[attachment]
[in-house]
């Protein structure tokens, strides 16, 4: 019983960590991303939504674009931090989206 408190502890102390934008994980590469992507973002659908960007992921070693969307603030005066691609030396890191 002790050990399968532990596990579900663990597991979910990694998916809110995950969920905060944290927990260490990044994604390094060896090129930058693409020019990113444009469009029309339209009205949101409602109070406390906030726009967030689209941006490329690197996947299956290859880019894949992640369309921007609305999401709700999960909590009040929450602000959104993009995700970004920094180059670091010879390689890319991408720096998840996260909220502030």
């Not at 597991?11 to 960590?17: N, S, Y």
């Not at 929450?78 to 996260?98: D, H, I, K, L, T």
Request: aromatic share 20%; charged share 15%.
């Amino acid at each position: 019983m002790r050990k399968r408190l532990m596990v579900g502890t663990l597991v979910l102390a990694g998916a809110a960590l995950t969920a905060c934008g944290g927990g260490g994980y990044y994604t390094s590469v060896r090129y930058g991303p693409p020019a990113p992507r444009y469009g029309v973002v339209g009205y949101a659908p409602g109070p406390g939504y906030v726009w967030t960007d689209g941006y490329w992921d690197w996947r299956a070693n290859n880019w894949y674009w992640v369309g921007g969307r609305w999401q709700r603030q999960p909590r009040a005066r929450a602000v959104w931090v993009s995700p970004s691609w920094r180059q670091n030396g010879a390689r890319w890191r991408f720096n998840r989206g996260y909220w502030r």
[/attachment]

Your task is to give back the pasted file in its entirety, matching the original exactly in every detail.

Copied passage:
[in-house]
């Protein structure tokens, strides 16, 4: 019983960590991303939504674009931090989206 408190502890102390934008994980590469992507973002659908960007992921070693969307603030005066691609030396890191 002790050990399968532990596990579900663990597991979910990694998916809110995950969920905060944290927990260490990044994604390094060896090129930058693409020019990113444009469009029309339209009205949101409602109070406390906030726009967030689209941006490329690197996947299956290859880019894949992640369309921007609305999401709700999960909590009040929450602000959104993009995700970004920094180059670091010879390689890319991408720096998840996260909220502030």
């Not at 597991?11 to 960590?17: N, S, Y």
């Not at 929450?78 to 996260?98: D, H, I, K, L, T």
Request: aromatic share 20%; charged share 15%.
């Amino acid at each position: 019983m002790r050990k399968r408190l532990m596990v579900g502890t663990l597991v979910l102390a990694g998916a809110a960590l995950t969920a905060c934008g944290g927990g260490g994980y990044y994604t390094s590469v060896r090129y930058g991303p693409p020019a990113p992507r444009y469009g029309v973002v339209g009205y949101a659908p409602g109070p406390g939504y906030v726009w967030t960007d689209g941006y490329w992921d690197w996947r299956a070693n290859n880019w894949y674009w992640v369309g921007g969307r609305w999401q709700r603030q999960p909590r009040a005066r929450a602000v959104w931090v993009s995700p970004s691609w920094r180059q670091n030396g010879a390689r890319w890191r991408f720096n998840r989206g996260y909220w502030r």